Here is some useful information that will help you get and stay pain and injury free! If you can think of anything else we should add, please contact Jacoline Scott Physiotherapists.
We provide patients with ergonomic advice, teach kinetic handling and provide tips on injury prevention, pain management etc.:
Useful tips to prevent back and neck pain
- When carrying a heavy object use both arms and hold the object as close as possible.
- When sitting, sit with your back supported against the back rest of the chair.
- Do not slide forward or slump in an armchair.
- Do not sit in one position for a long time – get up and move!
- If reading, typing, knitting etc. for any length of time, circle your shoulders regularly, sit up straight and try not to stoop forward.
- Make sure car seat is far enough forward.
- Sit up straight.
- If your neck is painful, support it with a towel or soft collar.
- Take breaks along the way.
- When studying, books must be placed 45 degrees up in front of you.
- Working surfaces must be high enough not to have to stoop or bend the neck and back forward, but not so high that neck moves beyond the neutral position which is half way between the bent and stretched position.
Reading in bed:
- It is best to lie on one side with 2 pillows under neck and head, with the back supported on a pillow.
- If on back, bend knees with pillow on tummy, rest hands and book on pillows.
- Firm bed and one good pillow, don’t use feather pillows.
- When lying on one side, use a pillow that allows 90 degrees between neck and shoulder (neutral head position) and tuck the pillow into the corner between the shoulder and neck.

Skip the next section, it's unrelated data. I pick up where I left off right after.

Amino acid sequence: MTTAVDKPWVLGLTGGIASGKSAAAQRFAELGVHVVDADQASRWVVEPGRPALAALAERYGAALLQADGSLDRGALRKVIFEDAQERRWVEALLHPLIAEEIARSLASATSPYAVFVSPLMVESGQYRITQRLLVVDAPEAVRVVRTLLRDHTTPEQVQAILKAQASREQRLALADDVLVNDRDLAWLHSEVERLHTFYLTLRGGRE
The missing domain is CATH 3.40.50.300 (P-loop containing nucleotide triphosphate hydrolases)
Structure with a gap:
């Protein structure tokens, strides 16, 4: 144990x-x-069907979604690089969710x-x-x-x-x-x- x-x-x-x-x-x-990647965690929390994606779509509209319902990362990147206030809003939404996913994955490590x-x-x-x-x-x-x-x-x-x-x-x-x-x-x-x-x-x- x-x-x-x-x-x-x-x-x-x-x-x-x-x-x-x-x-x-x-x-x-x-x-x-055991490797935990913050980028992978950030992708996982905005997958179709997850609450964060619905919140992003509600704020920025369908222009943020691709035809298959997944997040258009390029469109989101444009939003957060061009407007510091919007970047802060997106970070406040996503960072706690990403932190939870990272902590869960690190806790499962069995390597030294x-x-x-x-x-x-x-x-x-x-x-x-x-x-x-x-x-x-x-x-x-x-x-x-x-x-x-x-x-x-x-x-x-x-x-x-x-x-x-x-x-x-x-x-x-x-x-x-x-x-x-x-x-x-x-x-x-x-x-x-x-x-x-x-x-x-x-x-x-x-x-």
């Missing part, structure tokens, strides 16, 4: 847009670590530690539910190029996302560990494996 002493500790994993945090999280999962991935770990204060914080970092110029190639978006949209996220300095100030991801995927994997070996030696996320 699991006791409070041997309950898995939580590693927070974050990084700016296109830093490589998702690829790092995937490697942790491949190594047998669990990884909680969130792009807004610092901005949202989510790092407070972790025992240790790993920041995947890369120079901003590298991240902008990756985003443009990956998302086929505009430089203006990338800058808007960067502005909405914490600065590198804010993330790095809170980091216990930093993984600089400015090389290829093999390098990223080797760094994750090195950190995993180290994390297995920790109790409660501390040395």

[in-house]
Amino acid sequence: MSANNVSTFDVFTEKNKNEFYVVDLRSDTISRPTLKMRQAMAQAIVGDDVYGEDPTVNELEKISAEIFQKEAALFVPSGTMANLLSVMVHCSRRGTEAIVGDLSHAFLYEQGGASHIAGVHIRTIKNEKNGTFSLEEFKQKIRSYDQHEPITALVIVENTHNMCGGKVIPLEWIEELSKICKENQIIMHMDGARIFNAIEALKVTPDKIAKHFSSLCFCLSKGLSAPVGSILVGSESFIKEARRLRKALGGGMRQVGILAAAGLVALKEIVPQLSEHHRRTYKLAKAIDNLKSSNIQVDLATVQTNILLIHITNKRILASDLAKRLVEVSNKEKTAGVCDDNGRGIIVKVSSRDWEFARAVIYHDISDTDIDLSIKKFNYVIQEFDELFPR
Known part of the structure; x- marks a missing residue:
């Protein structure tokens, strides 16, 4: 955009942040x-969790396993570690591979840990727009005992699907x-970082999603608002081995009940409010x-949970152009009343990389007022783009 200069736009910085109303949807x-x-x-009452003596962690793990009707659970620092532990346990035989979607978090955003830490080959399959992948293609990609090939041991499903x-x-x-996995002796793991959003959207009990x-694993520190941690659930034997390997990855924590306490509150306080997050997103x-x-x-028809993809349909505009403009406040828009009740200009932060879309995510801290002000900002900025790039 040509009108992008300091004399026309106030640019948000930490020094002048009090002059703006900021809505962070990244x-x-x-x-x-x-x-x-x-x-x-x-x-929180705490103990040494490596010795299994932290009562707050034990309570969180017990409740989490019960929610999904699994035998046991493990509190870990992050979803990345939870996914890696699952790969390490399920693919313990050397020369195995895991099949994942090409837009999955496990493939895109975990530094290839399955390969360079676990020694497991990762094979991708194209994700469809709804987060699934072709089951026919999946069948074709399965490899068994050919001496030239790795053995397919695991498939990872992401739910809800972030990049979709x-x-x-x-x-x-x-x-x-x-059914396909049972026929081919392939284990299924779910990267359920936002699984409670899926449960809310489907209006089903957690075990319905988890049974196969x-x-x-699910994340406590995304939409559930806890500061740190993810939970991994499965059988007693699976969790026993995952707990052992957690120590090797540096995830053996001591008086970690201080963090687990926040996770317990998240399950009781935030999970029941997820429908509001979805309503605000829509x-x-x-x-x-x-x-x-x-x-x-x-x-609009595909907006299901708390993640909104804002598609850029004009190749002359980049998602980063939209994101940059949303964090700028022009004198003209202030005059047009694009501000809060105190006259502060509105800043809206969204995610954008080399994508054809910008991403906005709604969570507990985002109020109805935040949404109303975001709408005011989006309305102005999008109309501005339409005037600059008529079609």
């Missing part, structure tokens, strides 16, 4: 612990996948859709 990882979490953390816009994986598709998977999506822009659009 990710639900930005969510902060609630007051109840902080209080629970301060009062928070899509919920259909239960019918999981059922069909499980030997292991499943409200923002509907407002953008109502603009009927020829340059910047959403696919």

- If on back, lie horizontally i.e. straight, not with head propped up against the head rest.
- Never sleep on your tummy because then your head is twisted to one side.
If you need any more advice, please contact Jacoline Scott Physiotherapists Inc.
Desk and computer set up is VERY important to prevent pain and injuries in the workplace. In the twentieth century, hours of work at a computer are forever increasing and so are problems related to poor ergonomics.
You only need to sit badly for a few minutes to cause pain or an injury. Below is a diagram showing the correct desk and computer set-up. It is important to sit upright with your arms supported and your back as far back in the seat as possible with feet flat on the floor.
Never sit at your desk for too long, try and get up every hour and move around. If you do sit all day, it is important to keep moving especially if you feel like you are getting stiff. Below are some exercises that you can do at your desk to help prevent pain or stiffness.
Exercises to do at your desk
Correct desk set-up
Useful tips to prevent running injuries
Because of its high-impact nature, many injuries are associated with running.
Stress fractures can also occur in runners that train at a high volume or intensity. Physiotherapists recommend the following to minimise injuries:
- Warm up properly
- Focus on proper running form and use good shoes
- Perform strength training exercises
- Eat a well-balanced diet
- Allow time for recovery
- Don’t increase your mileage by more than ten percent per week
- Icing – apply ice to sore muscles or take an ice bath
- Use the RICE principles immediately after an injury: REST; ICE; COMPRESSION; ELEVATION
Speak to Jacoline Scott Physiotherapists for more information and advice regarding the information presented.
If you do find yourself injured, do not attempt “to run through the pain” as this could further damage the injury and prolong the recovery. First seek advice from Jacoline Scott Physiotherapists Inc.
What Heat and Ice Application are for:
Ice is for fresh injuries, and heat is for stiff, aching muscles. Roughly. But the devil is in the details, and there are a lot of them.